Our priorities tend to motivate us. Consider the importance that some people place on their favorite TV shows. They will not miss an episode. When an entire season drops, they block off a whole weekend on their calendar for the big binge. That’s prioritizing! And it’s very motivating.
If you make writing a priority and give it both prominence and importance in your daily routine, you’ll find yourself more motivated to get your writing done.
Track and Reward
Lots of writers keep track of their productivity in order to keep themselves motivated or focused, especially when trying to develop good writing habits or reach specific goals, like finishing a book.
Tracking works wonderfully with goal setting. You could set a goal of writing at least 250 words per day, five days per week. Use a spreadsheet to track your progress, and reward yourself when you meet your weekly goal.
Interact with Other Writers
Creative people often feed off each other. Whether we’re discussing our writing schedule, sharing details about our projects, or just talking about the craft, it’s a lot easier to stay motivated when you’re connected with others who share your interests and passions.
You can find writers in your community by taking a class or workshop, joining a writer’s group, or looking for some kind of meetup where writers gather. Consider attending open mics for writers or even book-signing events. Conventions are another way to meet writers, and you can attend panels and lectures on the craft.
You’ll find most of these opportunities replicated on the internet but with an even bigger pool of writers to connect with: online classes and workshops, online writers’ groups, and even random writers on social media who are open to connecting with others.
Timing and Routines
Some writers find that they are most motivated in the morning. Others like to write at night.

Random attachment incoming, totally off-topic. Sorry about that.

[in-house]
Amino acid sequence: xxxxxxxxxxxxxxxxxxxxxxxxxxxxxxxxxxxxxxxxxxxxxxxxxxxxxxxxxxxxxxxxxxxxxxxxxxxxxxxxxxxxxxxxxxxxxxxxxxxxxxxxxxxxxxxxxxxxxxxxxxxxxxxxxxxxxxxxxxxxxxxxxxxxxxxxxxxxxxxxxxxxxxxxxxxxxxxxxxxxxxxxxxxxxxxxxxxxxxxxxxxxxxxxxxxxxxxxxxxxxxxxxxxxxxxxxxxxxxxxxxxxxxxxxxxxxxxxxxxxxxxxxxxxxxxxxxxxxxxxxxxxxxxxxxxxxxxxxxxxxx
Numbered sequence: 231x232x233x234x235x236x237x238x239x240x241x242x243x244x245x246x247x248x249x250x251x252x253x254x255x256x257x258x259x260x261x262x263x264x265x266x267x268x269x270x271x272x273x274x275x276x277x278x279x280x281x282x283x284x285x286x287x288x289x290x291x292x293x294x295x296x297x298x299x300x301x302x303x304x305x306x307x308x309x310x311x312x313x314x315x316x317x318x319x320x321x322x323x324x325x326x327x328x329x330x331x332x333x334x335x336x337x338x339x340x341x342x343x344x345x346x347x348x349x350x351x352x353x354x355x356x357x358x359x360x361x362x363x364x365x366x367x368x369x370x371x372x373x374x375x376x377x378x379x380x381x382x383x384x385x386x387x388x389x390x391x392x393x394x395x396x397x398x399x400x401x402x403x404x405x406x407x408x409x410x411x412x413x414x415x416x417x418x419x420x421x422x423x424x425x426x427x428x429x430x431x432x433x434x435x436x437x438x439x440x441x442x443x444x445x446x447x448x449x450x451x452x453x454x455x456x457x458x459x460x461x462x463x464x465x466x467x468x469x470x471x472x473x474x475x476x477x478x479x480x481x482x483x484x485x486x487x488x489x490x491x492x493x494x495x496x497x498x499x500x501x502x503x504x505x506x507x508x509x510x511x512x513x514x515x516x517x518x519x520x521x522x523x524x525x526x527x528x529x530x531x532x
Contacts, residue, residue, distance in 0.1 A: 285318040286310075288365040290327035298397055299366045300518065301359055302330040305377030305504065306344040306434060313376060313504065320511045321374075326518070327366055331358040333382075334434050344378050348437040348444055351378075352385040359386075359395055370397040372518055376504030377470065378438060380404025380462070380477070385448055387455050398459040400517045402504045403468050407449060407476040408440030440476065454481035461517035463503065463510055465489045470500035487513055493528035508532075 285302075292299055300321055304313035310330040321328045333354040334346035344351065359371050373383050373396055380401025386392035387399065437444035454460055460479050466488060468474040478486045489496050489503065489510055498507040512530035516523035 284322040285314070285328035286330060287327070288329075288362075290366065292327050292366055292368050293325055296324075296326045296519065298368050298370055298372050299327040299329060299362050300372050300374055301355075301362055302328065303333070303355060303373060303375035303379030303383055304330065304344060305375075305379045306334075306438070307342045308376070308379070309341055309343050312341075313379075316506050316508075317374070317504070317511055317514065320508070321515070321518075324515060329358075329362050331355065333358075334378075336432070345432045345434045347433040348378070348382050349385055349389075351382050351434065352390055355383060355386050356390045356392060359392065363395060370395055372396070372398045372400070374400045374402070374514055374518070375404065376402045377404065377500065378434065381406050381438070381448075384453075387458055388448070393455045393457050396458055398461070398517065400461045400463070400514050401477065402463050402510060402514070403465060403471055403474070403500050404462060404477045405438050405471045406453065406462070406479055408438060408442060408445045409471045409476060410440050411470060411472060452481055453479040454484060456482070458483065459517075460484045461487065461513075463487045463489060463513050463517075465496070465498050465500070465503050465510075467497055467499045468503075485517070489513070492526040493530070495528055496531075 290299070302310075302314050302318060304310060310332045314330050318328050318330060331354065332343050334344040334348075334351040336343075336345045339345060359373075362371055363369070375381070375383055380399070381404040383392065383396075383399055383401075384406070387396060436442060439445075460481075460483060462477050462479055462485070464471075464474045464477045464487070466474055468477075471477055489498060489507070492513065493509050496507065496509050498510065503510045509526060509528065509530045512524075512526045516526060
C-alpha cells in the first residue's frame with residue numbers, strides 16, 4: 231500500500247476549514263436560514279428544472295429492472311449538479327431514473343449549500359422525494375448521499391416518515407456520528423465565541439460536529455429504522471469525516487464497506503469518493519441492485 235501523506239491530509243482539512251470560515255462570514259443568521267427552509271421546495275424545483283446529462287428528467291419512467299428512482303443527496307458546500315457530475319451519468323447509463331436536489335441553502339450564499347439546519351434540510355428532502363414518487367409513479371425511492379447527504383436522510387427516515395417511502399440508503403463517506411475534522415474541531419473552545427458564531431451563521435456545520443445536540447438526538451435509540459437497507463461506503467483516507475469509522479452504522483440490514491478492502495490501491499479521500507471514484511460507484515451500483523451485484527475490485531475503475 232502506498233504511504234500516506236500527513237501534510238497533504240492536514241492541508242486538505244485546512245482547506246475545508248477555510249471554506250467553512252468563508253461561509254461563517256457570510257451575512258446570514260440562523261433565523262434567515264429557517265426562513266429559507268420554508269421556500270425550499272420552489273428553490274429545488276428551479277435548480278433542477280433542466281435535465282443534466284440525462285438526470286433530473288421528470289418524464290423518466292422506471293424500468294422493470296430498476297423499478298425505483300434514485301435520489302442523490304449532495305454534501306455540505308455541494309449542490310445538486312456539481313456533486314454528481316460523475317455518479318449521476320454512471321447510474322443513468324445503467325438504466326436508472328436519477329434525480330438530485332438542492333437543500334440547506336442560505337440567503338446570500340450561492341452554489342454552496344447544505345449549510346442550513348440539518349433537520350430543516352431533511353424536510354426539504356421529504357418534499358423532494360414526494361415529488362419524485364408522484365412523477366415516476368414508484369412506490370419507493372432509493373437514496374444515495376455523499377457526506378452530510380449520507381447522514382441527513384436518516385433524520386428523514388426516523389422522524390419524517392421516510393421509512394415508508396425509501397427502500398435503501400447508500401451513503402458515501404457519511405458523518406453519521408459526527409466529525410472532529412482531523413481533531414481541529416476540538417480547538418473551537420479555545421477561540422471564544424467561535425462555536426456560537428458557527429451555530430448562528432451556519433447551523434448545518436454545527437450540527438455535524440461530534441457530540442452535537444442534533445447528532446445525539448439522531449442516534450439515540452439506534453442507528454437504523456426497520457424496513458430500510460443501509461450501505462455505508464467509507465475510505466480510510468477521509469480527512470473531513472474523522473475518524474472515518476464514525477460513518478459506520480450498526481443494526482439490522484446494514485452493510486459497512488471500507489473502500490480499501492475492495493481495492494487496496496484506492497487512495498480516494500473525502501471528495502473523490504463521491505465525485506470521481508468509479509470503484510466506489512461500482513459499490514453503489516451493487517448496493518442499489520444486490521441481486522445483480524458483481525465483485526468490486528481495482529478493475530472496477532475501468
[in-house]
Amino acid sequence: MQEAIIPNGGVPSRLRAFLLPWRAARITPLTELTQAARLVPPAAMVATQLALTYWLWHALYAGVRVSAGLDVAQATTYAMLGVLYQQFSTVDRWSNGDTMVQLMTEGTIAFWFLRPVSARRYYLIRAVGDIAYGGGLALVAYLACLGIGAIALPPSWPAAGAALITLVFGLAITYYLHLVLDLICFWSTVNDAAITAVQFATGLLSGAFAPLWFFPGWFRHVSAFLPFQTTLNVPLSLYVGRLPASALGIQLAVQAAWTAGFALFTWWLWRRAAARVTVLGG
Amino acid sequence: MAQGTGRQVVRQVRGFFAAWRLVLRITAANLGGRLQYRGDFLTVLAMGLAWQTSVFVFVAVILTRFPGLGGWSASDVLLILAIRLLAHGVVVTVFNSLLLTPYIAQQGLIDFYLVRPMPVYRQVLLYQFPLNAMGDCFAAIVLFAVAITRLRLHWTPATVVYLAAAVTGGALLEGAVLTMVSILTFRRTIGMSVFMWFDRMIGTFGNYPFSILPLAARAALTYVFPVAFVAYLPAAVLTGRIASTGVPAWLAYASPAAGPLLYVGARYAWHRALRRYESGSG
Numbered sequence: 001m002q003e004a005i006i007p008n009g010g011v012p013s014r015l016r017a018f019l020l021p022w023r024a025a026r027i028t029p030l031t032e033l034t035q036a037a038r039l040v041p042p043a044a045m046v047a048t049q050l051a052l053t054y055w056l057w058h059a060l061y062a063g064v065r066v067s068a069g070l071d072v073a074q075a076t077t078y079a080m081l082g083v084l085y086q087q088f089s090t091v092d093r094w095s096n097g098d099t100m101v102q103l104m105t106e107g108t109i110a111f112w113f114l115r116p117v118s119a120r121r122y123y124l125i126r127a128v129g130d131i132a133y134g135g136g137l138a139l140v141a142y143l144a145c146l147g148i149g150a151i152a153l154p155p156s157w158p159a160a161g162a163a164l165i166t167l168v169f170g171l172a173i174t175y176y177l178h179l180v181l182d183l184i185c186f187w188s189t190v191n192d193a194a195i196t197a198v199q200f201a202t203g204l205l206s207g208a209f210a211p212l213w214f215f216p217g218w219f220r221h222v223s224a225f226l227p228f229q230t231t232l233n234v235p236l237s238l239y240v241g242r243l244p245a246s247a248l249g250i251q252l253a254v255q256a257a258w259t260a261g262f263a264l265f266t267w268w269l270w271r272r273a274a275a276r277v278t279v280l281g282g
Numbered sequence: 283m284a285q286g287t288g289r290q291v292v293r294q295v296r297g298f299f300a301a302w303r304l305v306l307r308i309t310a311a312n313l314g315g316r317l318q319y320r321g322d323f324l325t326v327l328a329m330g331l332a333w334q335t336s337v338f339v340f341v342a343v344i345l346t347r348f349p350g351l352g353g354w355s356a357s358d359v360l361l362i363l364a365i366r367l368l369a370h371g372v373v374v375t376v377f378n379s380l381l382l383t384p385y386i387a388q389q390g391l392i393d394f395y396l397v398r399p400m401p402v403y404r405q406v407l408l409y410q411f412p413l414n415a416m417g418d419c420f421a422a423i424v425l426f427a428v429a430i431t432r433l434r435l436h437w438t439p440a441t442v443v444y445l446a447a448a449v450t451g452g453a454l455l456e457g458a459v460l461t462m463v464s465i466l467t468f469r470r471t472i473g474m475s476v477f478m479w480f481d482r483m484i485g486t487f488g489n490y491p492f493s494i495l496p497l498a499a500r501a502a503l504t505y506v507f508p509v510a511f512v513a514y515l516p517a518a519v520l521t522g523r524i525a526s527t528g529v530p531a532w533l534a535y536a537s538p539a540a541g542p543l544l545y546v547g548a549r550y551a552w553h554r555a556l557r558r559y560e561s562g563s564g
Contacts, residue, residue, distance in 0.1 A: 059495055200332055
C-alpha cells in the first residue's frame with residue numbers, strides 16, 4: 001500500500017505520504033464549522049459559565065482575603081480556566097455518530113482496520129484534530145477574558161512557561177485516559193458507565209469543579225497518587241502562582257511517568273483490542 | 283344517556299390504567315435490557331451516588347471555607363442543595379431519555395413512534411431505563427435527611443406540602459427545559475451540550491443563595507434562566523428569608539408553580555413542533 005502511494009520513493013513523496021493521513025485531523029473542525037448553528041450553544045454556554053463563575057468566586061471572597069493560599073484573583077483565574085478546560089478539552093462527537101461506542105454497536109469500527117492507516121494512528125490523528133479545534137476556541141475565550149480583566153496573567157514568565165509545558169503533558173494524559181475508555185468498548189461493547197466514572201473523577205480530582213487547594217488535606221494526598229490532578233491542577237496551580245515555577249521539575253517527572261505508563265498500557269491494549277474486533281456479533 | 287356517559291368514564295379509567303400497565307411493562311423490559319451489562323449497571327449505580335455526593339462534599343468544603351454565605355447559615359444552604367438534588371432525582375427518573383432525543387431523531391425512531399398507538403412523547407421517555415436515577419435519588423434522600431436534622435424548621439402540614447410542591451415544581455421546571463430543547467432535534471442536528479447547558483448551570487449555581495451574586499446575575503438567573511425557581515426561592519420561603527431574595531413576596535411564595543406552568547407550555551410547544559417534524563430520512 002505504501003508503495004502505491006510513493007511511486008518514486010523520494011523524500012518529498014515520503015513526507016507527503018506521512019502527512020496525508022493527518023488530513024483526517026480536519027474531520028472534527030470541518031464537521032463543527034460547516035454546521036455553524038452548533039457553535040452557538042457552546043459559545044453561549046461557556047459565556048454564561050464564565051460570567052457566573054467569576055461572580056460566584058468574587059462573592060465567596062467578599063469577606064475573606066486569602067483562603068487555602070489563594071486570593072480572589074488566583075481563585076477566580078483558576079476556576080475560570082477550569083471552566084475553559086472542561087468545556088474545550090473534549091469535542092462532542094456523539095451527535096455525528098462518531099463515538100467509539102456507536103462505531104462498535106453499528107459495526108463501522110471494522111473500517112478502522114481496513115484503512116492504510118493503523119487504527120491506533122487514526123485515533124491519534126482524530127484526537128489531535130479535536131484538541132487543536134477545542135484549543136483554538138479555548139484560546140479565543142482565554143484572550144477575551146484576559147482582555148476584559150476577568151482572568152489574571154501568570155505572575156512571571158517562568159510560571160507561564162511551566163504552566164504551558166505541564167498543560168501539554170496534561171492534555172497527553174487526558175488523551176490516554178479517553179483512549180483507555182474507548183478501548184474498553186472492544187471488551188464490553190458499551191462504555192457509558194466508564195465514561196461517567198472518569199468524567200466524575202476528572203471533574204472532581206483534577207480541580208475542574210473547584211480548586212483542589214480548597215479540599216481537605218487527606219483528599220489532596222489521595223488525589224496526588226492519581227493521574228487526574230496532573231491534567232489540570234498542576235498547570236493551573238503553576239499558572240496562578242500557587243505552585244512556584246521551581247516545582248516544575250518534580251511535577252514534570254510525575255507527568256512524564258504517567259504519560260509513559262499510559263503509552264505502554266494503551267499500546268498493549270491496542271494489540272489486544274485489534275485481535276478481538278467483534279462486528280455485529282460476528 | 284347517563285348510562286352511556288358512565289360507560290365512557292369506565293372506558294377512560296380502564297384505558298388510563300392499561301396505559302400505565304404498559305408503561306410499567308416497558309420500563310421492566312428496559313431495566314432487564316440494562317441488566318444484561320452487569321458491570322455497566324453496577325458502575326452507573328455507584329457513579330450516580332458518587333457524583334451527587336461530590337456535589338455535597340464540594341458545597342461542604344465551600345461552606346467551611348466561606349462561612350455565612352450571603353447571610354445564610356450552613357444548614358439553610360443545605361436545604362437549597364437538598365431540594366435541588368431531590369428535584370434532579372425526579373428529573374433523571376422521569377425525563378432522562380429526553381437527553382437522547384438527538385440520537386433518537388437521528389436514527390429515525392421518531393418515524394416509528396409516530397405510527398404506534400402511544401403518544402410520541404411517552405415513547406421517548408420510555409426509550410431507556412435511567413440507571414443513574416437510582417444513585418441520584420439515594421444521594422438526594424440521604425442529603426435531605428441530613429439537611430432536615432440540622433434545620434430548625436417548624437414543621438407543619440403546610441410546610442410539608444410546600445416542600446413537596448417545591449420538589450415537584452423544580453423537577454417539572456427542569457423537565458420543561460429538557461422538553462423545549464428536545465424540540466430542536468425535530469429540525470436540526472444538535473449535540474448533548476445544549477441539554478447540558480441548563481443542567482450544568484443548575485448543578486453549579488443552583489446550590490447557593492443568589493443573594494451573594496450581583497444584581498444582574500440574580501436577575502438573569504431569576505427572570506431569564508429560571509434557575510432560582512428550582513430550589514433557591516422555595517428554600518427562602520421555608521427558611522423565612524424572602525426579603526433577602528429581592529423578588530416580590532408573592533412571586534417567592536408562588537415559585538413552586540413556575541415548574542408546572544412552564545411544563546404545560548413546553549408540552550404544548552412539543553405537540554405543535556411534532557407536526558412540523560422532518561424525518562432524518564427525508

Planning some time for writing and making it part of your daily or weekly schedule can have an enormous impact on how much writing you get done. It also cultivates a habit. Whether you do it first thing in the morning, at lunchtime, or in the evening hours, building writing into your regular routine might be the motivator you need.
I’ve gotten the best results with a combination of these efforts. I tend to be most motivated when I’ve set a clear goal for myself. I then track that goal by breaking it into smaller steps and then monitoring my daily word count and checking off the milestones I’ve reached in my project. I add writing sessions to my daily schedule, giving them priority on my to-do list. I’ve also found that regularly reading books on the craft of writing keeps me motivated, so when I’m not feeling the urge to write, I often crack open one of these books and read a few pages to get myself fired up.
Some other combination of these actions might work better for you.
The best way to stay motivated is to figure out what compels you to get your writing done. Find the things that make you want to write and make them a regular part of your life. And when you combine your motivators with whatever inspires you, your entire experience of writing will be improved.
What motivates you to write? Do you write only when you’re in the mood, or are you able to gin up motivation when you’re not feeling it? Have you ever written even though you weren’t feeling motivated? What happened?
Do you want more creative-writing insight like this? Pick up your copy of Ready, Set, Write: A Guide to Creative Writing today.